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Research Papers

Unsteady Aerodynamic Interaction in a Closely Coupled Turbine Consistent With Contrarotation

[+] Author and Article Information
Michael K. Ooten

Air Force Research Laboratory,
Wright-Patterson AFB, OH 45433
e-mail: michael.ooten@us.af.mil

Richard J. Anthony, Andrew T. Lethander, John P. Clark

Air Force Research Laboratory,
Wright-Patterson AFB, OH 45433

1Corresponding author.

Contributed by the International Gas Turbine Institute (IGTI) of ASME for publication in the JOURNAL OF TURBOMACHINERY. Manuscript received November 13, 2015; final manuscript received November 30, 2015; published online February 9, 2016. Editor: Kenneth C. Hall. This material is declared a work of the U.S. Government and is not subject to copyright protection in the United States. Approved for public release; distribution is unlimited.

J. Turbomach 138(6), 061004 (Feb 09, 2016) (13 pages) Paper No: TURBO-15-1259; doi: 10.1115/1.4032284 History: Received November 13, 2015; Revised November 30, 2015

The focus of the study presented here was to investigate the interaction between the blade and downstream vane of a stage-and-one-half transonic turbine via computation fluid dynamic (CFD) analysis and experimental data. A Reynolds-averaged Navier–Stokes (RANS) flow solver with the two-equation Wilcox 1998 k–ω turbulence model was used as the numerical analysis tool for comparison with all of the experiments conducted. The rigor and fidelity of both the experimental tests and numerical analysis methods were built through two- and three-dimensional steady-state comparisons, leading to three-dimensional time-accurate comparisons. This was accomplished by first testing the midspan and quarter-tip two-dimensional geometries of the blade in a linear transonic cascade. The effects of varying the incidence angle and pressure ratio on the pressure distribution were captured both numerically and experimentally. This was used during the stage-and-one-half post-test analysis to confirm that the target corrected speed and pressure ratio were achieved. Then, in a full annulus facility, the first vane itself was tested in order to characterize the flowfield exiting the vane that would be provided to the blade row during the rotating experiments. Finally, the full stage-and-one-half transonic turbine was tested in the full annulus cascade with a data resolution not seen in any studies to date. A rigorous convergence study was conducted in order to sufficiently model the flow physics of the transonic turbine. The surface pressure traces and the discrete Fourier transforms (DFT) thereof were compared to the numerical analysis. Shock trajectories were tracked through the use of two-point space–time correlation coefficients. Very good agreement was seen when comparing the numerical analysis to the experimental data. The unsteady interaction between the blade and downstream vane was well captured in the numerical analysis.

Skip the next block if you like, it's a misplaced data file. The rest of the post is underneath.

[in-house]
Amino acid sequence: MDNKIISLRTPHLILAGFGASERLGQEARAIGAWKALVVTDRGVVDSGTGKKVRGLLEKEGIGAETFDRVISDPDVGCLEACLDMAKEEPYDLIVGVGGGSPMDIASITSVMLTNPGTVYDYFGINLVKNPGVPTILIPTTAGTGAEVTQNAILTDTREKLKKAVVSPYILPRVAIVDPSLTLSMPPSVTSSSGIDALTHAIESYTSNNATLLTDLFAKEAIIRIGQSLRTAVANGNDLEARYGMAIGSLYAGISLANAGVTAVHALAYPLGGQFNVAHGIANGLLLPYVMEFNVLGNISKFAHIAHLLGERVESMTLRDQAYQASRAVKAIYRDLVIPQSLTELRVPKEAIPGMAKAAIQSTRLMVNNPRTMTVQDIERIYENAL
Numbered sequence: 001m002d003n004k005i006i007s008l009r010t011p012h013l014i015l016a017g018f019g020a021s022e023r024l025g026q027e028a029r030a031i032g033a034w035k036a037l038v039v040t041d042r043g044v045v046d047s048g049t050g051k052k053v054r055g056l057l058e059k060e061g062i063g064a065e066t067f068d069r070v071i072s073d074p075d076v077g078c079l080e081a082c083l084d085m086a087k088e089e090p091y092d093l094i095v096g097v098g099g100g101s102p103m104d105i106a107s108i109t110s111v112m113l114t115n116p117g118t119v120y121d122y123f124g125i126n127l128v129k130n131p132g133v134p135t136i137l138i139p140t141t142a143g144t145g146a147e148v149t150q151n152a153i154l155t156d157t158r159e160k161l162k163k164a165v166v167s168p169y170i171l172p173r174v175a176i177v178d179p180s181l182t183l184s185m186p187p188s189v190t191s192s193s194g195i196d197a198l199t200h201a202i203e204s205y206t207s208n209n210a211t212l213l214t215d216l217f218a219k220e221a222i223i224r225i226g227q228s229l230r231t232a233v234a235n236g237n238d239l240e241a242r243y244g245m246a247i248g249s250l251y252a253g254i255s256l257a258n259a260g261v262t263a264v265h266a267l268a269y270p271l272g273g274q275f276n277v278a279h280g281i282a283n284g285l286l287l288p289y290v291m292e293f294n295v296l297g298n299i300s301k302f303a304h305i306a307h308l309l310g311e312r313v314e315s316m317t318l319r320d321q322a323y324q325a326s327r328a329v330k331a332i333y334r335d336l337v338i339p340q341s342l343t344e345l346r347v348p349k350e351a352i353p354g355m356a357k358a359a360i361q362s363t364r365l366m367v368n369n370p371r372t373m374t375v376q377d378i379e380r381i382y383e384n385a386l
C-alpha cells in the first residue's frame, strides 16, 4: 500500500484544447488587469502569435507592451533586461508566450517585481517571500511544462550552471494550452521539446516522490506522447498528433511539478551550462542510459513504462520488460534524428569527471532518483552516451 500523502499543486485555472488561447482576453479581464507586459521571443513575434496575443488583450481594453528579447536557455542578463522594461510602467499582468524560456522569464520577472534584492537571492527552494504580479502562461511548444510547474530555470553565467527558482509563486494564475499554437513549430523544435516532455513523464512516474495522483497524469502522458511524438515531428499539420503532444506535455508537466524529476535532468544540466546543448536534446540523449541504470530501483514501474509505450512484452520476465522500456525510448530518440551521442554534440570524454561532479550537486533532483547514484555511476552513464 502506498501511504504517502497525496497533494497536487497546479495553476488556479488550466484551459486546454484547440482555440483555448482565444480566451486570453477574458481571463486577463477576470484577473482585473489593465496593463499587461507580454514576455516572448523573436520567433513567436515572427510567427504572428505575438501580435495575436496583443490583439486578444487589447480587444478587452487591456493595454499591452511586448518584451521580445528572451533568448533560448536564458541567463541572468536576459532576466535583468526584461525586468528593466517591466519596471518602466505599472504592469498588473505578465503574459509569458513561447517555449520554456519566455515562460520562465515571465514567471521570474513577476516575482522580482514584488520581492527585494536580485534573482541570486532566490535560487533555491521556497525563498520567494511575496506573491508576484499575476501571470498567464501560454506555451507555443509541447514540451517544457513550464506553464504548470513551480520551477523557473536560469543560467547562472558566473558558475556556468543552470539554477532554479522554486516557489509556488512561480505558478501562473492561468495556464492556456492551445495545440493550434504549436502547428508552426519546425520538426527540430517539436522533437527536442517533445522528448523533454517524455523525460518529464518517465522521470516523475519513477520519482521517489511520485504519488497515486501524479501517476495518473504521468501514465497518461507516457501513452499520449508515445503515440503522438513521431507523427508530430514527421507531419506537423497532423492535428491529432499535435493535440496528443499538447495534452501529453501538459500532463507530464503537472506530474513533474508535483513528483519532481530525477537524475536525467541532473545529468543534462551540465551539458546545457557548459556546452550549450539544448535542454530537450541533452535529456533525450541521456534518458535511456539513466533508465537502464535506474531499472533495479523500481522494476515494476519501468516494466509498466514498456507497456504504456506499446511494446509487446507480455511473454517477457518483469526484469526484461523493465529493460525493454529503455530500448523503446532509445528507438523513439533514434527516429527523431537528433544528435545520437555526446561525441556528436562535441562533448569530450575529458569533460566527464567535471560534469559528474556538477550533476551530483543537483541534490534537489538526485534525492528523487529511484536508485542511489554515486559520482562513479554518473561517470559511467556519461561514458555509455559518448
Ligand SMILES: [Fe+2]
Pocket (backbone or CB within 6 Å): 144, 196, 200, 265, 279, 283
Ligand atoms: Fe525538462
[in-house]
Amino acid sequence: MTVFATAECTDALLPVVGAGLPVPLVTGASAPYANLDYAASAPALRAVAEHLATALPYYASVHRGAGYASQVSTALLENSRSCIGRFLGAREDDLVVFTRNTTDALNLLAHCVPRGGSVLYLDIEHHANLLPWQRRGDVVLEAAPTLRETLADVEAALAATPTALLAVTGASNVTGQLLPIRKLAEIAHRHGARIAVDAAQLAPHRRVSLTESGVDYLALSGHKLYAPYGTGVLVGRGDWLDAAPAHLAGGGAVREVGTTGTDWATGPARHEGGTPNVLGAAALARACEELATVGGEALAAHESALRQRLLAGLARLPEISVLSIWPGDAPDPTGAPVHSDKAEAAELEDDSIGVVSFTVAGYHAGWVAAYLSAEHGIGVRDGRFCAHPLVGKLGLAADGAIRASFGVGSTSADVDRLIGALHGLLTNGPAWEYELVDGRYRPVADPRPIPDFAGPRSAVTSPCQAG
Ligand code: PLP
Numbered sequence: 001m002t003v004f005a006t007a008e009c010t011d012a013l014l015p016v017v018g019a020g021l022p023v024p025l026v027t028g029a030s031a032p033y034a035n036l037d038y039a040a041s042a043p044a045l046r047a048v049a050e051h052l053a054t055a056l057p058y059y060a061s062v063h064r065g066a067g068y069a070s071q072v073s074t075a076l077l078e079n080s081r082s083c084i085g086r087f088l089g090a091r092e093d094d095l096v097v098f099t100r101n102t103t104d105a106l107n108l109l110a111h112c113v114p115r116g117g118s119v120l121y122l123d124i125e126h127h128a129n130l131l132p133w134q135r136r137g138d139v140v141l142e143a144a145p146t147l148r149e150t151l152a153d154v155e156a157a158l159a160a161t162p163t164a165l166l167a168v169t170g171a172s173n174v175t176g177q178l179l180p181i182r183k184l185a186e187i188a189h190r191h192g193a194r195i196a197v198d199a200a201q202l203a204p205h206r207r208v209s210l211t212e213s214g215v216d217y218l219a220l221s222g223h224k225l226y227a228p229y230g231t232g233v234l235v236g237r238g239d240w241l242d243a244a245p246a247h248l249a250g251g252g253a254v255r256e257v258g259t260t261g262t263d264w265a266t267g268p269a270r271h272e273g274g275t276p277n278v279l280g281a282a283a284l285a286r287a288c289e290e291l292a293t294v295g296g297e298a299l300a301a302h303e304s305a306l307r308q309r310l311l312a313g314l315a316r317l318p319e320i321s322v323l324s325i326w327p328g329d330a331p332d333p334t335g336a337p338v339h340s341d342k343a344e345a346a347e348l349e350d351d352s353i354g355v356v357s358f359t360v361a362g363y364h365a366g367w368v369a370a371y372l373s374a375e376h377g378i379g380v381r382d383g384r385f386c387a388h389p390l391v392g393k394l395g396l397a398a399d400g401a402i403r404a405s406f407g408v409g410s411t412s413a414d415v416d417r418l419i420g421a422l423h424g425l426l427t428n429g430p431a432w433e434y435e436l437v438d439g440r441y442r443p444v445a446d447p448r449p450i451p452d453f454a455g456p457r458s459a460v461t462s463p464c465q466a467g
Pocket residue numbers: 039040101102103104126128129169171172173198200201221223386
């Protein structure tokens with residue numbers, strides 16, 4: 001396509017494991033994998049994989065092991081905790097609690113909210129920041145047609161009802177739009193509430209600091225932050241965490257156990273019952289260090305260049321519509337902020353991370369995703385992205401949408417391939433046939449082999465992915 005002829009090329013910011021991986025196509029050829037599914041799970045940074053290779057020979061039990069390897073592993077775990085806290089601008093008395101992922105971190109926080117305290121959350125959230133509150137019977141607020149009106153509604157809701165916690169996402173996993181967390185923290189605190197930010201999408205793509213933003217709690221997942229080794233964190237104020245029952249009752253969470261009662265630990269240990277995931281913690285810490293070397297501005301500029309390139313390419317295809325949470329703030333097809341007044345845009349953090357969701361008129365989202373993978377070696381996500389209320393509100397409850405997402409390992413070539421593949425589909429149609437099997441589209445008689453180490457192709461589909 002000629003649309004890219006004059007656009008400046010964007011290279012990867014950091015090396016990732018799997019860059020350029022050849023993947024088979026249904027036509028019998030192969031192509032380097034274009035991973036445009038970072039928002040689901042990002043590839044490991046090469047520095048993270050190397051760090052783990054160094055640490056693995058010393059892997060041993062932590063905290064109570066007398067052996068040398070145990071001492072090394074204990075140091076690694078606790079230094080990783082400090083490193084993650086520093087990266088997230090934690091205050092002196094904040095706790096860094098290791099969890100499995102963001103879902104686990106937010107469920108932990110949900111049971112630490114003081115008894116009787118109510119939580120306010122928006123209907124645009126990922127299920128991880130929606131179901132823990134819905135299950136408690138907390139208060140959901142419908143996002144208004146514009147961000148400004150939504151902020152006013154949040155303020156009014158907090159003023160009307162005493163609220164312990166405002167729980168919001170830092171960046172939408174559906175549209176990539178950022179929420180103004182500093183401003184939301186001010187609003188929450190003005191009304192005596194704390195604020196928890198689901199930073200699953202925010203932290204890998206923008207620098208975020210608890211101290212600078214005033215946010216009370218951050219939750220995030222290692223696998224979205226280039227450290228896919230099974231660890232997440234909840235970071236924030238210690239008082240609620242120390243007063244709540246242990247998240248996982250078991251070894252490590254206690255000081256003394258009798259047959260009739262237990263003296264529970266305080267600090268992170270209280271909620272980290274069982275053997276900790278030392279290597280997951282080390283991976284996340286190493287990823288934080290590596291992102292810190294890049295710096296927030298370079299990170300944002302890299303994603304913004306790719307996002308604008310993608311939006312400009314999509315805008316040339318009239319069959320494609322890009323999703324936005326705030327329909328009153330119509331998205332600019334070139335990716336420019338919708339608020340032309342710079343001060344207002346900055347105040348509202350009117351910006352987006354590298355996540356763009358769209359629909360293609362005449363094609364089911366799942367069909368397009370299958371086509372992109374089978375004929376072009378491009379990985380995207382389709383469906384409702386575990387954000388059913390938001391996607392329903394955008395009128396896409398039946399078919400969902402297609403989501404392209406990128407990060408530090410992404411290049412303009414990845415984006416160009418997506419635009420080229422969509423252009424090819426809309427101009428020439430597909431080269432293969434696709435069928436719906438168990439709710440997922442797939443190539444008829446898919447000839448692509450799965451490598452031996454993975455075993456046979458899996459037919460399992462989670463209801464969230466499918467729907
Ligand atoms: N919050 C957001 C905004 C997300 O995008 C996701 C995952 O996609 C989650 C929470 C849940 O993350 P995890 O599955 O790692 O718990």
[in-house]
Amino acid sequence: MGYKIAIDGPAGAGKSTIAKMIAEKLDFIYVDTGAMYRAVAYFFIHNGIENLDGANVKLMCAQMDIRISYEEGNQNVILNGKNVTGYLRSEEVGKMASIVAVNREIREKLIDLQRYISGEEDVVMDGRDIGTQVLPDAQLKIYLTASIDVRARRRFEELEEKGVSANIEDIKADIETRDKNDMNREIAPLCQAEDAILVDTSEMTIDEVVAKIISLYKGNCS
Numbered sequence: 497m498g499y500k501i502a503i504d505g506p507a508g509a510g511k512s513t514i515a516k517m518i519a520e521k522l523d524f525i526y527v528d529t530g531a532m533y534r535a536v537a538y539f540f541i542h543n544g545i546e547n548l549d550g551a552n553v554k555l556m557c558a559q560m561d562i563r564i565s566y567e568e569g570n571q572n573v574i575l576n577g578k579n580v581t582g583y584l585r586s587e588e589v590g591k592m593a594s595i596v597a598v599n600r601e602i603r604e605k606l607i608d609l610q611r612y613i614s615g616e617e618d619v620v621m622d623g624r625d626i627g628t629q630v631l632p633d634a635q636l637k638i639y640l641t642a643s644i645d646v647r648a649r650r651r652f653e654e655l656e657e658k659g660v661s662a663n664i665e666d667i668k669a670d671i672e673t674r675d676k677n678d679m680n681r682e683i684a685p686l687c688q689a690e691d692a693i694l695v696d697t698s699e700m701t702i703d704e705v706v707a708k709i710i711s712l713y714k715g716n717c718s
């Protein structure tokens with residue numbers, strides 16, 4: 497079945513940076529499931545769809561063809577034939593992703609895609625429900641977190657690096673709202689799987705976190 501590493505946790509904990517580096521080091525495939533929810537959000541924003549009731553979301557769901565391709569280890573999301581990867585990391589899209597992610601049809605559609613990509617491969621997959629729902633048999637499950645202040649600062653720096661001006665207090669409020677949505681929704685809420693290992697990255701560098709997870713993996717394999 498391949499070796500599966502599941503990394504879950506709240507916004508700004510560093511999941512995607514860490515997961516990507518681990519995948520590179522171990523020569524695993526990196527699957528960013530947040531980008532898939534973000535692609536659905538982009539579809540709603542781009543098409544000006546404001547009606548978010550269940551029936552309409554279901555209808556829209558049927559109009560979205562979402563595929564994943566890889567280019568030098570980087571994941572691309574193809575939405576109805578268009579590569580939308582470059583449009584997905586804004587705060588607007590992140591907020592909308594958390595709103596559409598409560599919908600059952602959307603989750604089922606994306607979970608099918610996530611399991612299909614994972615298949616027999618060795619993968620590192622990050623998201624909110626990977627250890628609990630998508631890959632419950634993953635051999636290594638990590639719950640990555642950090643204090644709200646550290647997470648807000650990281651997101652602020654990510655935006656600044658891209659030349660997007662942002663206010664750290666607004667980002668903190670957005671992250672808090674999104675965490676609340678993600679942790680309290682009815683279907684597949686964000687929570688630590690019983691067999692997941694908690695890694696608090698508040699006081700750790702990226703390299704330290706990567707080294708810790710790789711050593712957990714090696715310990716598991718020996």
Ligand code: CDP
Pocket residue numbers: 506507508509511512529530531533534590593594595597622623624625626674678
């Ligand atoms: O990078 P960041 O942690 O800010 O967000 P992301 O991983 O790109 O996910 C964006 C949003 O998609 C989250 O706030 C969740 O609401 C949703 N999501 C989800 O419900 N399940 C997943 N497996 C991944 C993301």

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References

Figures

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Fig. 1

Midspan (left) and quarter-tip (right) blade packs

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Fig. 2

Midspan pressure distribution for varying incidence angles at exit Mach and Reynolds numbers of 1.30 and 1.30 × 106, respectively

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Fig. 3

Quarter-tip pressure distribution for varying incidence angles at exit Mach and Reynolds numbers of 1.45 and 1.00 × 106, respectively

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Fig. 4

Midspan pressure distribution for varying exit Mach numbers, at design incidence and exit Reynolds number of 1.30 × 106

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Fig. 5

Quarter-tip pressure distribution for varying exit Mach numbers, at design incidence and exit Reynolds number of 1.00 × 106

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Fig. 6

First vane (left) and blade (right) schematic

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Fig. 7

Cooled pressure loadings of the vane-only annular cascade and comparison with numerical simulation

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Fig. 8

Percent power of the unsteadiness at 46E on the blade pressure (left) and suction (right) sides

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Fig. 9

Static pressure trace (top) and DFT analysis (bottom) for geometric convergence study

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Fig. 10

Differences of the normalized DFT at 46E of the full-wheel simulation and each sector as a percentage of the maximum unsteadiness of the full-wheel simulation

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Fig. 11

HIT research turbine: inlet guide vane (top left), blade wheel (top right), and downstream vane (bottom)

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Fig. 12

Blade unsteady pressure envelopes

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Fig. 13

Downstream vane unsteady pressure envelopes

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Fig. 14

Predicted time-accurate flowfield at 50% span

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Fig. 15

Shock impact trajectories on the pressure side of the downstream vane

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Fig. 16

Shock impact trajectories on the suction side of the downstream vane

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Fig. 17

Experimental and predicted pressure traces and DFT magnitude on blade suction side, 15% span, 87.7% axial chord

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Fig. 18

Experimental and predicted pressure traces and DFT magnitude on blade suction side, 49.5% span, 88.1% axial chord

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